1. Hear hear. I grew up in the midwest, during the “verboten” days. Needless to say, my exposure to Dialouge and Sunstone were nil. Luckily, my family had started a nice collection of FARMS books in my late teen years. Those books, along with unapproved FARMS books smuggled to me on my mission piqued my interest in certain things. Upon returning home from my mission and looking for audio to keep me company on long runs or rides, I stumbled on to the Sunstone podcasts. Ever since I’ve been catching up with past issues and their huge audio library. It’s a little different than dusting off hidden back issues, but enlightening none the less.

  2. Thank you, Kevin. We should have had you speak at our 40th anniversary party!
    No, you are certainly not alone. We hear many similar stories. Had I not found Dialogue in a dusty corner of Widener Library while I was investigating the Church, I probably would not have joined. And Dialogue and Sunstone have made it much easier to stay.

  3. Our student ward met in the institute building, and the institute library had a substantial collection of both Dialogue and Sunstone (this was before subscriptions to those journals became verboten for institutes to carry)

    They’re still there Kevin :)

  4. Antonio Parr says:

    2 things:

    1. Your reference to your mission in Colorado recalls for me a tape that ran through my mission of some earnest elders singing “The Colorado Denver mission, I’ve learned to call my home . . . ” The song was catchy enough that it still runs through my head from time to time, all of these years later. Any insight on the source of this tape?

    2. I discovered Dialogue around the time of my mission. A family in the Ward had a missionary farewell, and had copies in their house. I opened; I read; I was captivated. I have been a reader ever since. Although I do not always agree with everything that I read in Dialogue, I feel that I am almost always challenged to be as honest and searching in my walk of faith as the majority of the contributers who grace its pages.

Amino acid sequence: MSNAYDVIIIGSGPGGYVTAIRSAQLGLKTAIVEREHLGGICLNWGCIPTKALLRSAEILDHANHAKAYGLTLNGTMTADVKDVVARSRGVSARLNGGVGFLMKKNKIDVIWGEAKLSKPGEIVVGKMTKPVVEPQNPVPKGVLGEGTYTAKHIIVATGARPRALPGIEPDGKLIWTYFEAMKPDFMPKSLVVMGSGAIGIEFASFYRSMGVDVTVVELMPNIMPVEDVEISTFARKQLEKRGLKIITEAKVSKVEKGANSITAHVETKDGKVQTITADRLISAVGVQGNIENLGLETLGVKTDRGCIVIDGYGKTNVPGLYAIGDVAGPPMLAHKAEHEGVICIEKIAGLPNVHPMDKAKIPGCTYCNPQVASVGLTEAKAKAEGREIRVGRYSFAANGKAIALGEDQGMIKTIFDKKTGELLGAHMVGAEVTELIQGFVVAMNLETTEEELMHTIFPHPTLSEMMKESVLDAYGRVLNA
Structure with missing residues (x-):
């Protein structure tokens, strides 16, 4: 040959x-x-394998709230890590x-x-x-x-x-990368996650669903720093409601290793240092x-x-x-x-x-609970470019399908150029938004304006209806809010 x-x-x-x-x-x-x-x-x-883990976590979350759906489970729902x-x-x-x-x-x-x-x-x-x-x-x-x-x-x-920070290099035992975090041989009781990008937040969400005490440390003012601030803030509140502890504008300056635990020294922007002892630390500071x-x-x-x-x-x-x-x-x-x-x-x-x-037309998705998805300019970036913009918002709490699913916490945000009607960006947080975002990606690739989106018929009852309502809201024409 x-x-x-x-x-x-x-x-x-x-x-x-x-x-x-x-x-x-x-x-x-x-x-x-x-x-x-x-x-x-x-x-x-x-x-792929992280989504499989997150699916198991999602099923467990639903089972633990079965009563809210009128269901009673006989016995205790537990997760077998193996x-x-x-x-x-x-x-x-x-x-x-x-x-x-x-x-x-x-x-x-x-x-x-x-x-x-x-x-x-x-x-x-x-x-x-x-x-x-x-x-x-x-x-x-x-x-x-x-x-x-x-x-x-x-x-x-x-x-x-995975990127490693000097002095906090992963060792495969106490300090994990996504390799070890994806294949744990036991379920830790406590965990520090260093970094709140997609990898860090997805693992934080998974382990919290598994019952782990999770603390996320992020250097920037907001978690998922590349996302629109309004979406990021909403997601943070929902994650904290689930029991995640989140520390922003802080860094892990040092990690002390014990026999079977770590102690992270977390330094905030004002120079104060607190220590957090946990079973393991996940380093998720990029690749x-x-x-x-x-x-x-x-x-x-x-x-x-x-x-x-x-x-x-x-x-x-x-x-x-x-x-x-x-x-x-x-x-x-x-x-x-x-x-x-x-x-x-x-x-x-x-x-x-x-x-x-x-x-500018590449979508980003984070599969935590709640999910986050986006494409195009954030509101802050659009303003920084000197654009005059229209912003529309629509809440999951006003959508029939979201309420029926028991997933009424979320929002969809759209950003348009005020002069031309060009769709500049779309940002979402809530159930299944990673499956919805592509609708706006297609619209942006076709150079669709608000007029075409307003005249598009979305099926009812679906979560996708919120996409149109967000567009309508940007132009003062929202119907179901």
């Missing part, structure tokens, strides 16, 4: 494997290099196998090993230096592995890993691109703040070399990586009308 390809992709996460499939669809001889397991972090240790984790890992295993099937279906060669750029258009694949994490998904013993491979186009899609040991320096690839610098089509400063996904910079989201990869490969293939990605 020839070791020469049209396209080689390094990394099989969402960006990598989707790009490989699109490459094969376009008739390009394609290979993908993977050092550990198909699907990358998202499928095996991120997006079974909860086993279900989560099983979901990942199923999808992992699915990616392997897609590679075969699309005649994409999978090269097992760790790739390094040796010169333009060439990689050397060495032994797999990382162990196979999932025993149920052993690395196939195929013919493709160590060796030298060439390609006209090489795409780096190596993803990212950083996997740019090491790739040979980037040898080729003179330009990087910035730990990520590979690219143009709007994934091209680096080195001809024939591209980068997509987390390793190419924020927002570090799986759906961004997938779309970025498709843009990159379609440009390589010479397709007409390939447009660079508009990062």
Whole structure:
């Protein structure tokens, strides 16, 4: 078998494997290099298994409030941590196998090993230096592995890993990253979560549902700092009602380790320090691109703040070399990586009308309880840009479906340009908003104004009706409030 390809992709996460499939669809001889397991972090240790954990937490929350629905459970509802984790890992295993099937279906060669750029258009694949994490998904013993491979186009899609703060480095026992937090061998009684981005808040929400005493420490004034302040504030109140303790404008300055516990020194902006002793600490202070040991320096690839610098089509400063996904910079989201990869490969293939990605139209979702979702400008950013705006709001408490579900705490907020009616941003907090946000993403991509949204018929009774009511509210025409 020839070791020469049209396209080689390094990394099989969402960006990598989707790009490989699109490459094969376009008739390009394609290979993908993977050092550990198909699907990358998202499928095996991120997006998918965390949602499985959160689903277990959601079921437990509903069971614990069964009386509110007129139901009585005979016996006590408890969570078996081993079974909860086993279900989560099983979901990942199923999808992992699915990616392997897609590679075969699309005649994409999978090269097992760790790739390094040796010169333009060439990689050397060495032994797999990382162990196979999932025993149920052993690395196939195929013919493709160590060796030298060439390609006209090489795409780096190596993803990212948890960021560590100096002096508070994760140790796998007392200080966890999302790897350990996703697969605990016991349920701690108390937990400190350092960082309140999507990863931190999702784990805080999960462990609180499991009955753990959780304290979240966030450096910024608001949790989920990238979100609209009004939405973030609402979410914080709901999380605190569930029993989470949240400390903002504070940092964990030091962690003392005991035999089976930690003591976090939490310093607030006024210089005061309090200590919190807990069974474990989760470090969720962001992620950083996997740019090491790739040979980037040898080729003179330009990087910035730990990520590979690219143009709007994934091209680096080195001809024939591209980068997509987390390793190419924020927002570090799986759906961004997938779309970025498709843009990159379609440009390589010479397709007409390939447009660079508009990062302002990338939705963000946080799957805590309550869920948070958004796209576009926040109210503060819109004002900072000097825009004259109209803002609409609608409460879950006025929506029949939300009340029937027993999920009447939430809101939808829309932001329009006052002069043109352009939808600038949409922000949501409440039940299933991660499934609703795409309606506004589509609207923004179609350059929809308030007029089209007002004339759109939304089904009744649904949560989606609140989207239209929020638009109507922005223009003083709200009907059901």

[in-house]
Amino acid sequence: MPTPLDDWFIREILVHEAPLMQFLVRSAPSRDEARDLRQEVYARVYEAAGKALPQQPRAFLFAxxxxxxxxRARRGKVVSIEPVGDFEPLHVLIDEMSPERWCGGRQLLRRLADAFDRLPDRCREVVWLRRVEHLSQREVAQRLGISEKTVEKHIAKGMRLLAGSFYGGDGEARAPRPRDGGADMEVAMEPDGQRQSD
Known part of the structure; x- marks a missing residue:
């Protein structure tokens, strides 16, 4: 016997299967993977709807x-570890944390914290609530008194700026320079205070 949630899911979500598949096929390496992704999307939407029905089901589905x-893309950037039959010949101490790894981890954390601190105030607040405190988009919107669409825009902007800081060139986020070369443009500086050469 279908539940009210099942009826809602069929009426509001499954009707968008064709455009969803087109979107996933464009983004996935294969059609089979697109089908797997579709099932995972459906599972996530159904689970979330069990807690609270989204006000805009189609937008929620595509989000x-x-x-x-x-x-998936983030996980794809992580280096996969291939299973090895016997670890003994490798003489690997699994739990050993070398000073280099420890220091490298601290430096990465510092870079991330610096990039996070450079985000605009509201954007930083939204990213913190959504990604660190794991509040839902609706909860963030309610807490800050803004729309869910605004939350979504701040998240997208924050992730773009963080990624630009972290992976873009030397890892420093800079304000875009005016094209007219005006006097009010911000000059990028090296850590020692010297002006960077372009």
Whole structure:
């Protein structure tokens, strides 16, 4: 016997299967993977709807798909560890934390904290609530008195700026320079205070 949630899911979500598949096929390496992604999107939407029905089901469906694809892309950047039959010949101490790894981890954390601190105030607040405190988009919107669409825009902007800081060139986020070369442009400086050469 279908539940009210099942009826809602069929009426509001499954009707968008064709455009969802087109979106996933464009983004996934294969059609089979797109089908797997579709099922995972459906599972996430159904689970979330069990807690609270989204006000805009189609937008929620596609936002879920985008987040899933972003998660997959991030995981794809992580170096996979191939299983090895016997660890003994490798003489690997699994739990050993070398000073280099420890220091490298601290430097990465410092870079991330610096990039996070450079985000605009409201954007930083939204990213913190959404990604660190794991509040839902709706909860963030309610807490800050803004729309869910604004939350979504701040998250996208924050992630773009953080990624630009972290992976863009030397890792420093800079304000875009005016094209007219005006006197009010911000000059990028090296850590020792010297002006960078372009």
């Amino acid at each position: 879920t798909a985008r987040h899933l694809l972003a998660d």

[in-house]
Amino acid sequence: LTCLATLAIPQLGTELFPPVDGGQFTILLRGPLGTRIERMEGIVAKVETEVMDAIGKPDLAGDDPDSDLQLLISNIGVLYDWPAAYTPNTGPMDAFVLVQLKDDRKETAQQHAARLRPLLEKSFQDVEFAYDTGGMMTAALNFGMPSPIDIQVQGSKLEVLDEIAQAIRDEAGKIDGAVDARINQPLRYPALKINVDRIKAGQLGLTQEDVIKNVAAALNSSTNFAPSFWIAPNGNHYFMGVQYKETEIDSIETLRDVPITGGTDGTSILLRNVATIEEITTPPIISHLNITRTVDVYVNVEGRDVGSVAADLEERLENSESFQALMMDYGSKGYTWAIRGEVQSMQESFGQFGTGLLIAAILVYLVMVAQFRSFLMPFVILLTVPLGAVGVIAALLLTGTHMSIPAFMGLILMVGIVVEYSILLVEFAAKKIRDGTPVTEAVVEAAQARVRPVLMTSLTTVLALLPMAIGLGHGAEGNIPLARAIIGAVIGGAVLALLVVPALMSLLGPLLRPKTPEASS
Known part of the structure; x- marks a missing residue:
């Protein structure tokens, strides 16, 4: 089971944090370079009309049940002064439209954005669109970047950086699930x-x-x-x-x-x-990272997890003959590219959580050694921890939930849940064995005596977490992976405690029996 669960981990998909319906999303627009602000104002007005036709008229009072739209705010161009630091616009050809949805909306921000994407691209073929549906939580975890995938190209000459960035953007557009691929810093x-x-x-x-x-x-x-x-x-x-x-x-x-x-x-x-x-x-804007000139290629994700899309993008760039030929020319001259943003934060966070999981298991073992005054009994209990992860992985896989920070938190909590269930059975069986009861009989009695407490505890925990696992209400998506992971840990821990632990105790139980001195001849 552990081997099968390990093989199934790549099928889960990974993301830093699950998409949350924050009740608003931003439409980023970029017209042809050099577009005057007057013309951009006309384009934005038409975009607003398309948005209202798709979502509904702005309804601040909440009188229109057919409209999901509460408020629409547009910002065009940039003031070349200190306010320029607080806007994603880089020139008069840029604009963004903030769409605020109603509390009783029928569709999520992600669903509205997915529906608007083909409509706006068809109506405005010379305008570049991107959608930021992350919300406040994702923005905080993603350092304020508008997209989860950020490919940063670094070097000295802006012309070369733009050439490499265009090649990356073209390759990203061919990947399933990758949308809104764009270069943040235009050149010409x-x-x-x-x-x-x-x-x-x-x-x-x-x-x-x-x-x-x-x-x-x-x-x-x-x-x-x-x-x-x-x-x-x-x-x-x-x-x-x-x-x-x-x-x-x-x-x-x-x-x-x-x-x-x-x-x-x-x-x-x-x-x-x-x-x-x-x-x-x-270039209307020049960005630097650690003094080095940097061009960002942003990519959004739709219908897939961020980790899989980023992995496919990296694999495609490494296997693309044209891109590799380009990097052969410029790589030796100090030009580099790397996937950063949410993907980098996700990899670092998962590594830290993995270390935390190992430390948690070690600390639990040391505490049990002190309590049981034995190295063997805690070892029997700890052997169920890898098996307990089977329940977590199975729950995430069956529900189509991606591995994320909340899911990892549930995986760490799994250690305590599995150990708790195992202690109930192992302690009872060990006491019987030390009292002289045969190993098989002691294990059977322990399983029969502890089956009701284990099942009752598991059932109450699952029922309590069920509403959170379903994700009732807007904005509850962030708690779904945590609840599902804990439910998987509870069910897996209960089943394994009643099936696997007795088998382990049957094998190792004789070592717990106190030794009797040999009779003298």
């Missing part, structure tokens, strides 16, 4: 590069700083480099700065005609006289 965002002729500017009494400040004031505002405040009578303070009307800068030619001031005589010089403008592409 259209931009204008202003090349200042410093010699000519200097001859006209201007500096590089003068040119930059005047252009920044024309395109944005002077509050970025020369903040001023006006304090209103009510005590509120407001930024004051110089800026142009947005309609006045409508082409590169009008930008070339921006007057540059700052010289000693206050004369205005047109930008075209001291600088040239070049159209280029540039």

5. Kevin,

    My first introduction to Dialogue and Sunstone was on my mission actually. I just happened to be serving my mission about 2 years ago in Armand Mauss’ ward. Well, one day I tracted into a person who questioned me about the history of the priesthood restriction and I didn’t know much about it. Well, I went to my WML and asked him for more information and he said, “You know, there is this guy in the ward named Brother Mauss and he is something of an expert in that area.” So I went to this mysterious “Brother Mauss” and asked him about it. Well it was an interesting conversation to say the least, and he ended up giving me an old copy (or part of a copy) of an issue of Dialogue with one of his articles and also another one by Lester Bush.

    As a poor college student subscribing to a journal isn’t really opportune. I usually just use the Sunstone and Dialogue issues that are online, but reading on a computer screen over an extended period of time gives me a headache. I would really like to read back issues though. Is there a student discount for either of these journals by any chance, or is there a way to get them in a format that is easy to print? Sometimes I just want one of two articles from an issue but the way that they are displayed online (at least for Dialogue) makes them inconvenient to print. Maybe I am just missing something though.

    Anyway, sorry this was so long. Best wishes.


  6. I found Dialogue and Sunstone in the BYU Bookstore too, right about the same time as you! Did you happen to see me, sitting (yes, sitting) in the aisle, reading the mags? (In those days, lucky me, they did not enclose them in shrink wrap.) And Grandpa’s Bookstore!! Oh yes, those were the days.

  7. TYD, check the website for all the options. Students do get a price break on a subscription. Articles are $10, but some whole back issues are available for that. It just depends on how many extras were printed in that run and how many are left in the market. Of course it’s all on the DVD; ask Lori which of the various ways to access back issues is the best way to print. Lori also knows just what back issues are available. Call Lori Levinson, our delightful business manager, at 801-274-8210. (She’s skiing today, but she’ll get back to you soon.)

  8. Antonio:

    Elders Holgate and Grayson. A great duo that I heard even in my mission in (kinda) far away Orange County California. I changed the lyrics (only slightly) of their song to fit my mission, California Anaheim. their song was about Colorado, Denver and went something like this: